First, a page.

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BBA 1st Year Business Ethics Relationship Between Ethics & Corporate Excellence Short Question Answer

Q.9. What do you understand by the term organisational culture? What are its different

Ans. Organisational Culture: When we walk into an organisation and get a certain ‘feel’ of for it, whether it is fast moving and responsive, or whether it feels old and backward looking, this ‘feeling’ is referred to as ‘organisational culture’. Culture is about how the organisation organizes itself, it’s rules, procedures and beliefs make up the culture of the company. organisational culture is an idea in the field of organisational studies and management which describes the psychology, attitudes, experiences, beliefs and values (personal and cultural values) of an organisation. It has been defined as “the specific collection of values and norms that are shared by people and groups in an organisation and that control the way they interact with each other and with stakeholders outside the organisation.

Types of Organisation Culture

There are six types of organizational culture as shown in the figure below:

 (1) Power Culture ; Within a power culture, control is the key element. Power cultur is usually found within a small or medium size organisation. Decisions in an organisation that display a power culture are centralized around one key individual. That person likes control and the power behind it and has authority over the employees. As group work is not evident in a power culture, the organisation can react quickly to dangers around it as no consultation is involved. However, this culture has its problems like, lack of consultation can lead to staff feeling undervalued and de-motivated, which can also lead to high staff turnover.

(2) Role Culture : Common in most organisations today is a role culture. In a role culture, organisations are split into various key functions and each individual within the function is assigned a particular role. The role culture has the benefit of specialization. Employees focus on their particular role as assigned to them by their job description and this should increase the productivity of the company. This culture is quite logical to organise in a large organisation.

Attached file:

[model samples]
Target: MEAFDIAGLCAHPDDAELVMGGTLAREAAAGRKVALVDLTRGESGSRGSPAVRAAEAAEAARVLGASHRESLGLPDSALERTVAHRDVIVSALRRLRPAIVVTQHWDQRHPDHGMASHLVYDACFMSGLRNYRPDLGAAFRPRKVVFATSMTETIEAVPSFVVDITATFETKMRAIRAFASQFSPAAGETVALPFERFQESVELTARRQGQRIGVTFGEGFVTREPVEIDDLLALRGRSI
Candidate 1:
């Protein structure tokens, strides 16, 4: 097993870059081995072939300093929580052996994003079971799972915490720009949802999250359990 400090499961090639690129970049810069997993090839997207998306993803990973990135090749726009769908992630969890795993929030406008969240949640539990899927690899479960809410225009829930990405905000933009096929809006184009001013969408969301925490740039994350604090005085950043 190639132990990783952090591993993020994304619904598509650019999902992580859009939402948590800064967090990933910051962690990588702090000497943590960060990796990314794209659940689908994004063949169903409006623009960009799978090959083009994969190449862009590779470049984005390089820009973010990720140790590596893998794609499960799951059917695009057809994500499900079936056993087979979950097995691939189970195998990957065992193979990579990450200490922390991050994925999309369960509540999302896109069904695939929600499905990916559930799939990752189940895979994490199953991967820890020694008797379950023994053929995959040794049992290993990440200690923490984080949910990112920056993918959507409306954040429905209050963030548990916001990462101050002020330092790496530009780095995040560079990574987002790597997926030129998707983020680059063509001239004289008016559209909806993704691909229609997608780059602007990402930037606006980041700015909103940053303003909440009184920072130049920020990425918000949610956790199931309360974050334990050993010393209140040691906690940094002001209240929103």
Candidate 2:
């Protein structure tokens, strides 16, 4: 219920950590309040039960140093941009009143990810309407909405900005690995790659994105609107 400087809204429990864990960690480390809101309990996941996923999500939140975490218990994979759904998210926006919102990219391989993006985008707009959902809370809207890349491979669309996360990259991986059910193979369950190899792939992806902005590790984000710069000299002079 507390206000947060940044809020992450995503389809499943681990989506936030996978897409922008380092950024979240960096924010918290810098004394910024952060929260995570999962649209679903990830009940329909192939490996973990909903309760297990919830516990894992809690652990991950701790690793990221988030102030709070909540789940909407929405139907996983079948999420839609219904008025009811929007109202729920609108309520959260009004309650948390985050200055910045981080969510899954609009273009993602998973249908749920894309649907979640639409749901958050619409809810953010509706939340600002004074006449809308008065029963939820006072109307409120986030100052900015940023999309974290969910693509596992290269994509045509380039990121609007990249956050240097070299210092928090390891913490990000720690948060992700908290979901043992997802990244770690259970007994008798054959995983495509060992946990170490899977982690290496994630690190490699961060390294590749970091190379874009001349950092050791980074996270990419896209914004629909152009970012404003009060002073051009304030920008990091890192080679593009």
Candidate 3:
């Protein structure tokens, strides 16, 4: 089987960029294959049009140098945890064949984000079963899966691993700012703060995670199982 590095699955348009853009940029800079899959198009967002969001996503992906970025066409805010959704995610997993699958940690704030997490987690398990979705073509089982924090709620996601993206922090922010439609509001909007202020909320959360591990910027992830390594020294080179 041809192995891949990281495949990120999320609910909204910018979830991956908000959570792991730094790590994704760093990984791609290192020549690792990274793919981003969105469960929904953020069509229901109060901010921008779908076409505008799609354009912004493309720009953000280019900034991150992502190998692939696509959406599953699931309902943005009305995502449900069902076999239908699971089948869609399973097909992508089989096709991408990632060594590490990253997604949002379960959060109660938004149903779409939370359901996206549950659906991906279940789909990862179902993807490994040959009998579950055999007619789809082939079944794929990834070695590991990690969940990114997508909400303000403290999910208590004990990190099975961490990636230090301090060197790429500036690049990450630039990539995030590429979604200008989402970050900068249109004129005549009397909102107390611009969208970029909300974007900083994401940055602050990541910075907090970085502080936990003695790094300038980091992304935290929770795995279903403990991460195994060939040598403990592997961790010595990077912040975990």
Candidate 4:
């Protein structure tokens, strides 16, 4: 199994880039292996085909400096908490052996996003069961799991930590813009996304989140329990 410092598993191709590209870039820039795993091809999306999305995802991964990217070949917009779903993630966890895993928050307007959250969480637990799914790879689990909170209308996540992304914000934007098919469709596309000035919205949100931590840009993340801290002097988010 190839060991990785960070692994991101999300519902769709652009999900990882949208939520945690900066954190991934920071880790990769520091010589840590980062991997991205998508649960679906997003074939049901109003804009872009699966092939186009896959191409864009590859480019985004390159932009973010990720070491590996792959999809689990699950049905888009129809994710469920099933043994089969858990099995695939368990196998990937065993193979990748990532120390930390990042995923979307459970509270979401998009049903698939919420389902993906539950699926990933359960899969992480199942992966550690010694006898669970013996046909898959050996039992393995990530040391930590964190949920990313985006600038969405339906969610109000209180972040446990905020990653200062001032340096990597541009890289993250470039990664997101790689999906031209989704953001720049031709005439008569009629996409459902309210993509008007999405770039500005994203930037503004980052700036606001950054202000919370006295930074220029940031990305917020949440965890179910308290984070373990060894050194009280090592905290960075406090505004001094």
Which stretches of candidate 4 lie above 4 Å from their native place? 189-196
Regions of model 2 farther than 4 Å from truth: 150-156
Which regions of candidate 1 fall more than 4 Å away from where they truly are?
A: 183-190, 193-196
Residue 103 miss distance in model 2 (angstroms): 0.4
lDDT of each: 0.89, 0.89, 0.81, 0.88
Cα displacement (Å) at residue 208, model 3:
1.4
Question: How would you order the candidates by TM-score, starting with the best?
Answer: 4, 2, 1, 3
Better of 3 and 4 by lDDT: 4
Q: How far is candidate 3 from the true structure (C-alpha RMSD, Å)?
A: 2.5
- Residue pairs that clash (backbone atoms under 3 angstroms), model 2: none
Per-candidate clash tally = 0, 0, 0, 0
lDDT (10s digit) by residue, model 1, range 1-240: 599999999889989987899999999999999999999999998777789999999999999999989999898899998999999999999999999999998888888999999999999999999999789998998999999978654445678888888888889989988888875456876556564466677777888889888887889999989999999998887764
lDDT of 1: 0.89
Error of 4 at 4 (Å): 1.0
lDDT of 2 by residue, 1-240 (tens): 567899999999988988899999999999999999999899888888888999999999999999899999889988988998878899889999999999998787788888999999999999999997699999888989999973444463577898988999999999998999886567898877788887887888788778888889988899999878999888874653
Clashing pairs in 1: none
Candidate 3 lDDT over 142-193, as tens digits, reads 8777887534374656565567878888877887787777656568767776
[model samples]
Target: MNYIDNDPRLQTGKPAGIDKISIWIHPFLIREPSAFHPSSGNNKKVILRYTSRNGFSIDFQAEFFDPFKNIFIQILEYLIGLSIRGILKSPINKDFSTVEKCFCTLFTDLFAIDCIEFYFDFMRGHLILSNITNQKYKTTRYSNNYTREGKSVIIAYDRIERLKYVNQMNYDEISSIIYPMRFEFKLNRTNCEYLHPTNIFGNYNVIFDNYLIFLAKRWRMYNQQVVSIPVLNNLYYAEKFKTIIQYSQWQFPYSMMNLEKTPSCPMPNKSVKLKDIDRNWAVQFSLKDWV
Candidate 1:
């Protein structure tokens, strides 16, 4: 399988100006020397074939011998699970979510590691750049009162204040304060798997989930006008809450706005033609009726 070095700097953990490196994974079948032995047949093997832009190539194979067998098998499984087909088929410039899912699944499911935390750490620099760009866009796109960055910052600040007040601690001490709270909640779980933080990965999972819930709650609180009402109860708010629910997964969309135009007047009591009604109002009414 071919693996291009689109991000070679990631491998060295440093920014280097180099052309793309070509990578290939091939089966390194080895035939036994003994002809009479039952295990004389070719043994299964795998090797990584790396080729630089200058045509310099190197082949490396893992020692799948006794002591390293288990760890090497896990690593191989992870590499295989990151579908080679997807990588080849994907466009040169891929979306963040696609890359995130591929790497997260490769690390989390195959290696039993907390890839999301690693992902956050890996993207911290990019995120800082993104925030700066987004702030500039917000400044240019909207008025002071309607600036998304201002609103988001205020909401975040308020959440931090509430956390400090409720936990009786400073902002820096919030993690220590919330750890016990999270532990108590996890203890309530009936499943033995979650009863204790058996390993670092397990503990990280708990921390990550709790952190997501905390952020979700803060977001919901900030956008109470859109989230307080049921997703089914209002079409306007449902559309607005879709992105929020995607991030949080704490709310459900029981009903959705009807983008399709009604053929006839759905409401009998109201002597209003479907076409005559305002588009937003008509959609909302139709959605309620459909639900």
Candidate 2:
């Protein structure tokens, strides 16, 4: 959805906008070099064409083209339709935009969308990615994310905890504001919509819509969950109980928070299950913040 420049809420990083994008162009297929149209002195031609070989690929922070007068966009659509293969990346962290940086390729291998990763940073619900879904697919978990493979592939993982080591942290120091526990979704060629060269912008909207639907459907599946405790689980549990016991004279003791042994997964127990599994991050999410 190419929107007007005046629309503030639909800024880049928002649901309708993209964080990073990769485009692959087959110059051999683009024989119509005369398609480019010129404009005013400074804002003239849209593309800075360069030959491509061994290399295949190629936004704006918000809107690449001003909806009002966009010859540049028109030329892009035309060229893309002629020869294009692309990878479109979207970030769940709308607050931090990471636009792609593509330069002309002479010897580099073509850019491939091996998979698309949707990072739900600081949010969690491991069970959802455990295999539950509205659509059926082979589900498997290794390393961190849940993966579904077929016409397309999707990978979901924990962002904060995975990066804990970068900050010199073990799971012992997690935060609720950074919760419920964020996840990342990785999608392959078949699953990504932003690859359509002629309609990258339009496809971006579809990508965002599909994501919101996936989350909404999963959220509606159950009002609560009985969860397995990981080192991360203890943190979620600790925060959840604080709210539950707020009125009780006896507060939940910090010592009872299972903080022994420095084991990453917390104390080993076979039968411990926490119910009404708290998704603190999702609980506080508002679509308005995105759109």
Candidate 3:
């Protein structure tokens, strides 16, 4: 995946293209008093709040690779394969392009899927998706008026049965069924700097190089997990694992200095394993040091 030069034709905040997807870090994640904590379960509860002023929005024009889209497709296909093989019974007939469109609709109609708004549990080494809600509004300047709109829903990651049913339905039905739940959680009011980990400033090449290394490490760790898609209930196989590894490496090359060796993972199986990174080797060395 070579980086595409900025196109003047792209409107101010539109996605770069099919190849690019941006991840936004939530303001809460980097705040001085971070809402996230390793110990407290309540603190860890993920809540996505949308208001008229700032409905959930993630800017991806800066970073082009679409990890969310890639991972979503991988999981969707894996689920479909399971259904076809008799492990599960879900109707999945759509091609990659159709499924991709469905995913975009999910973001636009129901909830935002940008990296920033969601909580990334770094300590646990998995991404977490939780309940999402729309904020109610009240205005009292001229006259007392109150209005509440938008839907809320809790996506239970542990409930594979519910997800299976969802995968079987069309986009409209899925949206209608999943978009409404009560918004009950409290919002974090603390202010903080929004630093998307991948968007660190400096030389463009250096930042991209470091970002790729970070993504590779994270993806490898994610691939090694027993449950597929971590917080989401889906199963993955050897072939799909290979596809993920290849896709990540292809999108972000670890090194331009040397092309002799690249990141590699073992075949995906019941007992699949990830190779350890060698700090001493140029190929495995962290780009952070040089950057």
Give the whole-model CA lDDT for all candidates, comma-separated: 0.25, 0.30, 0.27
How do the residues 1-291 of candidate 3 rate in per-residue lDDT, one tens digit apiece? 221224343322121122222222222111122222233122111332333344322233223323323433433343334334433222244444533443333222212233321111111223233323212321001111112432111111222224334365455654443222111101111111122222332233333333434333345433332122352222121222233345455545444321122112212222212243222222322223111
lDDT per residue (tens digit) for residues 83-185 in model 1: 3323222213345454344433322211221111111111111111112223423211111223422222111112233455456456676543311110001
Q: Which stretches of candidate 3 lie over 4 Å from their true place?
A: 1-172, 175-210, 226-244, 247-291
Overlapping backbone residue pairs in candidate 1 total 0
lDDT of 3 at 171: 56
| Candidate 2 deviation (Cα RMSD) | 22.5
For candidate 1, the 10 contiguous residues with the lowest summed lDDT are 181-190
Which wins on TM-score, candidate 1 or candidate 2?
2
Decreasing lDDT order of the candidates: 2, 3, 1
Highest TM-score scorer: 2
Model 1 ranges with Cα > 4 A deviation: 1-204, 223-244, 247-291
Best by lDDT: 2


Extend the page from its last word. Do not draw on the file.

(3) Task Culture; A task culture refers to a team based approach to complete a particular task. They are popular in today’s modern business society where the organisation will establish particular ‘project teams’ to complete a task to date. A task culture clearly offers some benefits. Staff feels motivated because they are empowered to make decisions within their team, they will also feel valued because they may have been selected within that team and given the responsibility to bring the task to a successful end. NASA organises part of their culture around this concept i.e. putting together teams to oversee a mission.

(4) Person Culture: Person cultures is commonly found in charities or non-profit organisations. The focus of the organisation is the individual with a particular aim.

(5) Forward and Backward Looking Cultures : organisations that have an entrepreneurial spirit always embrace change and listen to staff and customers are said to be forward looking. Forward looking organisations are risk takersand do well because of it. We can argue that Dyson; the vacuum cleaner manufacturer embraces this culture. A backward looking culture does not embrace change and is led by rigid systems and old procedures. They do not take risk and because of it are usually left with a business not doing so well. UK store Marks and Spencers is said to be ‘backward looking’ i.e. slow to change.

Q.1O. What is organisational culture? What are the functions of organisational culture? What are the draw backs of culture? What types of behaviour does culture control?

Or What is organisation culture? What are its functions? (2012)

Ans. Organisational Culture : A single definition of organisational culture has proven to be very elusive. No one definition of organisational culture has emerged in the literature. One of the issues involving culture is that it is defined both in terms of its causes and effect. For example, these are the two ways in which culture is often defined:

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